Care and Caring in Policy and Legislation

How are care, carers and caring defined/constructed in current social care policy and legislation in Scotland or other countries?

4 thoughts on “Care and Caring in Policy and Legislation”

  1. On placement I found it interesting the amount of males that worked together in 1:1 situations with female service users. Traditionally being a carer has been seen as a “females job” and certain tasks such as personal care or 1:1 activities would be carried out by a female staff member if it was a female service user. But, I feel more recently these assumptions are being challenged. It appears in 2017 we are now more than ever open to gender equality and not labeling a job or task by sex. Being a paid carer has always been seen as a required and necessary job, but unglamorous, consisting of long anti sociable hours and poor pay. But this April in Scotland, things changed with the Living wage for care workers rising to £8.25. Showing that the government has eventually started to appreciate and respect the work that carers are doing and how they need to be valued. Especially with the average age of living increasing , it is understood that a lot more people are going to need carers assistance in years to come.

    1. Thank you Gill, your post got me thinking. On my placement, I found it interesting to learn that male staff members don’t carry out any personal care at all, not even for male service users. I agree that which genders carry out personal care reflects gender equality, especially given that caring as you say has been traditionally seen as a female role. I have found that some organisations have policies against men providing personal care for women but I have never come across a policy where women cannot carry out personal care for male service users. I think that the role of personal care should take into account whether the service user would like personal care to be carried out by a staff member who is of the same gander to themselves or not, as opposed to policies that specify this.
      I am also pleased that care workers are gaining recognition from the government. The Health Secretary, Shona Robison has said that “carers employed overnight to provide support will now receive the real living wage of £8.45”. This commitment is said to be delivered during 2018/19. Robison says that “this will make a real difference to those whose hard work enables thousands across Scotland to live with dignity.” I think that better paid sleepover provision is long overdue; given the amount of responsibility and work that care staff often does to assist/support service users, but have not been acknowledged for their work during their “sleepover” period. Previously care workers have received a flat rate of around £30 per sleep in (depending on their employer).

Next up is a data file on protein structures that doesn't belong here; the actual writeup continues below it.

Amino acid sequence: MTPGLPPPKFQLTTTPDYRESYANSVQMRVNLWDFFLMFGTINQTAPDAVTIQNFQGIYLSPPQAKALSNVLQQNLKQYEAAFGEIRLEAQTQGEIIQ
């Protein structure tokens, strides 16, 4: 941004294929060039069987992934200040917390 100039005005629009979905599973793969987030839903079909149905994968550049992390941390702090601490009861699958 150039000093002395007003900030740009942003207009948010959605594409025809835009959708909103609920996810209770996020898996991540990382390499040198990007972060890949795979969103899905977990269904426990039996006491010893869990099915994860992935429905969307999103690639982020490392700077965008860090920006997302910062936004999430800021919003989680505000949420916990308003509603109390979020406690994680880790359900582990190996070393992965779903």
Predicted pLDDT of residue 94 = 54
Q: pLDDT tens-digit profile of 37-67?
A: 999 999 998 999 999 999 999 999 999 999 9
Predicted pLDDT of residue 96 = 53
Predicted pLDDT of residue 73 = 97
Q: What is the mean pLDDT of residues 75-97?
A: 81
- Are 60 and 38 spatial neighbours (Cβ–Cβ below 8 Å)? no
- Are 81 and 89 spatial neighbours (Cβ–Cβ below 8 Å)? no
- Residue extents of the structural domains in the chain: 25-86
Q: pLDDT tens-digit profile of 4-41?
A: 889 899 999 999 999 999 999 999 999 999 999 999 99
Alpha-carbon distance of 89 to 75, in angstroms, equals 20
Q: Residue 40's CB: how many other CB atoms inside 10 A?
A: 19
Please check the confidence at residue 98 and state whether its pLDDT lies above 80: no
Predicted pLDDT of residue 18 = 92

2. Interesting read girls in relation to gender roles and how care roles are arguably gendered. Adding to policies in other countries, Hussein & Ismail’s (2016) study, which focused on ageing and demographics within Arab regions can add onto the gender debate. The study found norms religious and cultural traditions place duty of care on women mostly unpaid for and informal.
    Within UK, the enforcement of the Care Act in 2015, provided carers with legal access to receive support. This essentially looks at the impact of caring on the care provider as a threshold for pay. Considering Gill and Abigail’s points in relation to the caring role traditionally associated with the woman. It can be difficult to try and understand just how much of a progressed society UK really is? More so, when taking into consideration the points raised. Only in the past few years within care settings and presently in 2017 there are slow shifts away from sustaining societies gender order within health and social care.

  3. I may be not that familiar with UK social care policies but with my few years experience here, I have noticed that there have been changes regards to gender role in social care. In my previous job as a carer, 90% of the staff were women and the men were given only male service users to attend to.
    Being a carer, whether formal or informal, is very challenging and rewarding but it is frustrating when you do not receive any support. In my city (part of England), residential and living in carers are paid higher than domiciliary carers. I think that needs to be considered for change.

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